Brain-Based Research and Learning
Research about the brain and how it learns is fascinating, and it provides many new considerations related to learning. There are three things that strike me as very important in brain-based learning. The first is the importance of making associations. The second is active involvement. The third is emotion. Each of these points will be addressed in this post, starting with associations.
The importance of associations cannot be underestimated. According to Cercone, “The human brain is always looking to make associations between incoming information and experience” (2006, p. 298). Because this is an important way for the brain to grow, it must be considered as a part of learning and Corporate Training Programs. For me, this means that I must find a way to help students make connections between what they already know and what they must learn. One way in which I do this is through the use of advance organizers. There are many different styles of advance organizers, and they can each be used as a means to help students learn new material by showing them how it relates to what they already know.
In addition to making connections, it is also important to ensure that students are actively involved in the learning in Corporate Training Programs. By keeping students actively involved, there is less of a chance of the students becoming bored by what is being taught. While hands-on activities are a great way to ensure this, physical activity can also be useful. One example that Cercone (2006) gives is to have students perform physical dexterity exercises to stimulate both hemispheres of the brain. For example, students can march in place or touch their right leg with their left hand. In my own classes, I have found these exercises to work quite well to keep students engaged in the learning; I have actually had them march in place while learning how to use formulas in Microsoft Excel!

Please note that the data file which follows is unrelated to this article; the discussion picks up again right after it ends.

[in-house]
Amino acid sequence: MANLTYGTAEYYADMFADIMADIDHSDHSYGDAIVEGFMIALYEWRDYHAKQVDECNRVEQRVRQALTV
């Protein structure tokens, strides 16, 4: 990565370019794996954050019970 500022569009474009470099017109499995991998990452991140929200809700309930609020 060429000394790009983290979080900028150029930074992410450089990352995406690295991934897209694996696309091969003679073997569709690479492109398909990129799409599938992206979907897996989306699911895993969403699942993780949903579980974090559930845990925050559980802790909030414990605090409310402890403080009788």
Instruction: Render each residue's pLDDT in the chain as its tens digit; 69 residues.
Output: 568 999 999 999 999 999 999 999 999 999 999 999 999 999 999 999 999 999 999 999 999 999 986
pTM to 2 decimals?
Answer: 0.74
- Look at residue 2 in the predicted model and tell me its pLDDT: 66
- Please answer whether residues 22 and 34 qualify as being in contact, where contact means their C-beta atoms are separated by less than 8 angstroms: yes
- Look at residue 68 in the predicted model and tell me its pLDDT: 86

Just as important as associations and active learning, ensuring that students are reached emotionally is also very useful. As Cercone (2006) mentions, I vividly recall what I was doing on September 11, 2001, and it was indeed related to learning. I will never forget it! While I do not believe that this extreme type of emotional connection is a good thing, making some kind of positive emotional connection can be very helpful for students. One of the best types of emotion that I have found useful in class is happiness. If I can keep my students very happy, through the use of humor and fun learning activities, they seem to retain more information. The emotional connection they have with the material makes it easier for them to remember the information in the future.
Brain-based learning is still a young field, and we will undoubtedly know more about it in the future. Even so, there is plenty that we currently know about how the brain learns. By using what we know about the brain in our Corporate Training Programs, we have a better chance of connecting with our students and helping them in the learning process.
Cercone, K. (2006). Brain-based learning. In Sorenson, E. K. (Ed.). (2006). Enhancing learning through technology. (pp. 292-320). Hershey, PA, USA: Information Science Publishing.